China to RACs (Republics of Asian Countries) and from Nepal to Eastern Turkey. The word
walnut is derived from wealh nut, wealh meaning foreign in Anglo-Saxon or Old German.
Trees of the Persian walnut were in England in 1562 and the nuts were brought to America by
earliest settlers. The American native people introduced the term English walnut to distinguish
it from eastern black walnut.
Walnut production in selected countries 2003
Country Production (t) Area harvested(ha) Yield (kg/ha) Export
China 360,000 180,000 2000 6
USA 285,760 82,000 3484 31
Iran 160,000 60,000 2666
Turkey 136,000 59,000 2305 0
Ukraine 58,000 28,000 2071
France 33,000 15,000 2200 51
India 31,000 30,500 1016 48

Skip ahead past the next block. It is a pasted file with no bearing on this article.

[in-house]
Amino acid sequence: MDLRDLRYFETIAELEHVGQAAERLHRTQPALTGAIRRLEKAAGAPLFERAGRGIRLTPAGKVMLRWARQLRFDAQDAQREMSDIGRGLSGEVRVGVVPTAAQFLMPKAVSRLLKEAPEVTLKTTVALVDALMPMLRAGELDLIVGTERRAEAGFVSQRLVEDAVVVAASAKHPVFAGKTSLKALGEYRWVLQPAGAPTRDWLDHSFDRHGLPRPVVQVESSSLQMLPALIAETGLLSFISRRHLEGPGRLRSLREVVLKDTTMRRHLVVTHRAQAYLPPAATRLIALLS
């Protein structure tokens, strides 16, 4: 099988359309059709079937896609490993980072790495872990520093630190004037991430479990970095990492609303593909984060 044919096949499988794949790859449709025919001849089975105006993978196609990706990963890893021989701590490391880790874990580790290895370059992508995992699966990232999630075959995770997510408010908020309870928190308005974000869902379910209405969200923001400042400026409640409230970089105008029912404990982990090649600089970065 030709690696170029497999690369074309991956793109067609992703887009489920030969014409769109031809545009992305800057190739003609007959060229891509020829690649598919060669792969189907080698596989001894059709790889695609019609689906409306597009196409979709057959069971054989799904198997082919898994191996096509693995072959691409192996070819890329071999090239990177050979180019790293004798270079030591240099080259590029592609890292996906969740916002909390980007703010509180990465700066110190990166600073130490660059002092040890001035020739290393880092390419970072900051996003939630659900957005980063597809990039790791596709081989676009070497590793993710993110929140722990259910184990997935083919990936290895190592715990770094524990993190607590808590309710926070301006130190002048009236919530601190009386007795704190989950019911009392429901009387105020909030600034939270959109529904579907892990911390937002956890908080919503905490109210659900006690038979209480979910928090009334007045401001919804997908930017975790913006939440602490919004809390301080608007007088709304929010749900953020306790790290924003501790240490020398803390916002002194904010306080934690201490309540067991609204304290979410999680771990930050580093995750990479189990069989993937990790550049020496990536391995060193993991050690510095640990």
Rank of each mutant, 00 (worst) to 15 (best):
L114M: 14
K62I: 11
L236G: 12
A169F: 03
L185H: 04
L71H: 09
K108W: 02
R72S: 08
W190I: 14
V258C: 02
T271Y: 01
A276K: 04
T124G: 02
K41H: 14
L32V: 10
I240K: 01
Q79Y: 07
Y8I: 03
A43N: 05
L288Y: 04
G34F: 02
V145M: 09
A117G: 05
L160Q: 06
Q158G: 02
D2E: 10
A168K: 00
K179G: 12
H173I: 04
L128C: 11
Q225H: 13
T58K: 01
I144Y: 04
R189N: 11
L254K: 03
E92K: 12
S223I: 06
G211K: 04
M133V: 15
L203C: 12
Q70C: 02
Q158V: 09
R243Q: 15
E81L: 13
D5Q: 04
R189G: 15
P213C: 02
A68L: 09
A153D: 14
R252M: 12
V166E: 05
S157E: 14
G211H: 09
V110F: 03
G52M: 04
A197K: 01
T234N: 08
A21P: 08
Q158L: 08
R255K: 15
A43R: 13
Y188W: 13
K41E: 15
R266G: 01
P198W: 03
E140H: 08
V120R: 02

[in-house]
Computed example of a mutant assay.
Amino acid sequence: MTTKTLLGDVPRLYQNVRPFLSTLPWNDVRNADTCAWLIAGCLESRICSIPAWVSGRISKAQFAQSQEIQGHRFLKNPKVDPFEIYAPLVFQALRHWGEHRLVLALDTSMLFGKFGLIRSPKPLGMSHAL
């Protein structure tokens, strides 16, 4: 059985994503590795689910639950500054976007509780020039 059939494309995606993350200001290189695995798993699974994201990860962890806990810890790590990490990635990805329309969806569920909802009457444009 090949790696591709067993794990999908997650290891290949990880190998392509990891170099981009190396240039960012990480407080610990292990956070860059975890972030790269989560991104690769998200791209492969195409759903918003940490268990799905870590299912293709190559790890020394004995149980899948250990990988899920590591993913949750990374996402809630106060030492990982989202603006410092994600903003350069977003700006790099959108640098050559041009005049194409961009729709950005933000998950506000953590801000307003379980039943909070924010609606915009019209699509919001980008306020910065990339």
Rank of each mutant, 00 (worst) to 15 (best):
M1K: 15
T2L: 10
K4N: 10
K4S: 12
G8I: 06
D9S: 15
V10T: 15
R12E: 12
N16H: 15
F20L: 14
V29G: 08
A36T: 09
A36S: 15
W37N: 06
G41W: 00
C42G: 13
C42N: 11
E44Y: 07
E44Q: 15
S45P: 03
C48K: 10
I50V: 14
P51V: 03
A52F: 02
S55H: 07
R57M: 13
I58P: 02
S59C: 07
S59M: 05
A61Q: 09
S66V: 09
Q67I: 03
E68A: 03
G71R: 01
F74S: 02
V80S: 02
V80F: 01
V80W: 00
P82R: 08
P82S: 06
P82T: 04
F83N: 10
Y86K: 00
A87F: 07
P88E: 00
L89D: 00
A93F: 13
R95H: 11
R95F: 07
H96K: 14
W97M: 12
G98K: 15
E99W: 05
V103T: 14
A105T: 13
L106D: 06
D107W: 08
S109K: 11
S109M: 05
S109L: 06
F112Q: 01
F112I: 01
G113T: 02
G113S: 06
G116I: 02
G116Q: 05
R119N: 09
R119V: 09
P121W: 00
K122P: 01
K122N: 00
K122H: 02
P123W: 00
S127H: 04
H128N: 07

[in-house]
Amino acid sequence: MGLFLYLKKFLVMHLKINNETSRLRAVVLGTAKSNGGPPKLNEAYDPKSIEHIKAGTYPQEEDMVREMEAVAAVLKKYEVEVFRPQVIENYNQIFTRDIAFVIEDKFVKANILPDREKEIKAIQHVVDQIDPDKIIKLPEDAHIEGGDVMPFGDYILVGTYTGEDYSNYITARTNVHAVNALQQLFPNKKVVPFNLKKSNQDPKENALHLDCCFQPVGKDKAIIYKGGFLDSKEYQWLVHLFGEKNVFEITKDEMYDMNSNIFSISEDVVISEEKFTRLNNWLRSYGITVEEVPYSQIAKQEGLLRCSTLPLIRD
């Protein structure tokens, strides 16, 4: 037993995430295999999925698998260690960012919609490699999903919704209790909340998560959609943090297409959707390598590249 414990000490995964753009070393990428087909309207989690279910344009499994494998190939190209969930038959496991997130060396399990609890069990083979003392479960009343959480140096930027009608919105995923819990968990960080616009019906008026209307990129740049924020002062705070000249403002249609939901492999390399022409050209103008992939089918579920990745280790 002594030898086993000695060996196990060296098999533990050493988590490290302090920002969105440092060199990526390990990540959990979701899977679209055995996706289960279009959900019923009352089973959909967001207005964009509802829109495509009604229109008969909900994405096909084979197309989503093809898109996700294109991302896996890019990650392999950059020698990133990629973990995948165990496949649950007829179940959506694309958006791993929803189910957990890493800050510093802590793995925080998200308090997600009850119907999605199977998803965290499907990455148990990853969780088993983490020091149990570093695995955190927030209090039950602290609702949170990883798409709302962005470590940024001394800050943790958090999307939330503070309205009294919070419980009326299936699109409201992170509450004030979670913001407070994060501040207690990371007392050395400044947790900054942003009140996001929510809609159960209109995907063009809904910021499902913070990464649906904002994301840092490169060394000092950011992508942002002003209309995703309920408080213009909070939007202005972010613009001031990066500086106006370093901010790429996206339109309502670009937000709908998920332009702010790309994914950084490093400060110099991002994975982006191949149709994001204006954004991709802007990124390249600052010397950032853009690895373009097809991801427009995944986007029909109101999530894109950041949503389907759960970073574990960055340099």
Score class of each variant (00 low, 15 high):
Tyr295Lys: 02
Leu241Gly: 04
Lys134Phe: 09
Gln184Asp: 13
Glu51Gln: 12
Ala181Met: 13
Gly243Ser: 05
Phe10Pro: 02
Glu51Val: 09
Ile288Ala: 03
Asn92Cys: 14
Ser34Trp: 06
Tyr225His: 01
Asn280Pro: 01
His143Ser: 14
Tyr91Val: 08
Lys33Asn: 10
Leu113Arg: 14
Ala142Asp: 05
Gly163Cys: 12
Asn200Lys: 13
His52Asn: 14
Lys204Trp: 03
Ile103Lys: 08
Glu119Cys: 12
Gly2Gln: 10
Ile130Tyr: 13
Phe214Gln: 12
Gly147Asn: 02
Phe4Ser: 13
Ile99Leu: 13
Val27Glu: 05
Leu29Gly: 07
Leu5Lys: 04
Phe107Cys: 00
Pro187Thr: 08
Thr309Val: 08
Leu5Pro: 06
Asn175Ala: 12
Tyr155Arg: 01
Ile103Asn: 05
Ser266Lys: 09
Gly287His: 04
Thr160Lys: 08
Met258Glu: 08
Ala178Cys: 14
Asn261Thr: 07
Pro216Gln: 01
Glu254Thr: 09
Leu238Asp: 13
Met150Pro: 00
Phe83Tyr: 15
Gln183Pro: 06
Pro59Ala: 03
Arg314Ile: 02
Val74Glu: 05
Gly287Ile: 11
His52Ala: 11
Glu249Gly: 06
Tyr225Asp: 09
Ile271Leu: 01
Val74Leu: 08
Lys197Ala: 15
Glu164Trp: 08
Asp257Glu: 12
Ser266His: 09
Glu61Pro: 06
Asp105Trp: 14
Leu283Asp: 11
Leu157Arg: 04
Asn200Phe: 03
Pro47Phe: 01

23,600 13,200 1787
Exports from total supply, which may include imports.
Uses and Nutritional Composition:
Following are the uses of walnuts
Dried walnuts are used as snack.
Used as desert nut.
It is used in baked goods.
In Roman, they were thrown by the groom at wedding to signify maturity.
In the middle Ages they were used to award off lightening, fevers, witchcraft and epileptic fit.
Its kernel could be used for the soothing of brain.
Its husk was used for the ailments of scalp.
Used in green walnut pickles.
Oil is the most prominent nutrient of the walnut.
Polyunsaturated oils, linoleic and linolinec have many health benefits which includes cholesterol
lowering activity etc.
Health Benefits of Walnut:
Walnut contains proteins, flavanoids, phenolic acids and tannins, Omega-3 and Omega-6 fatty
Walnut oil has:
Cognitive functions
Cardiovascular benefits
Anti-cancer benefits
Cancer benefits
Protecting bone health
Walnut oil composition per 100 g of kernel
Lipids amount
(g) (%)
Fatty acids total 62.23 100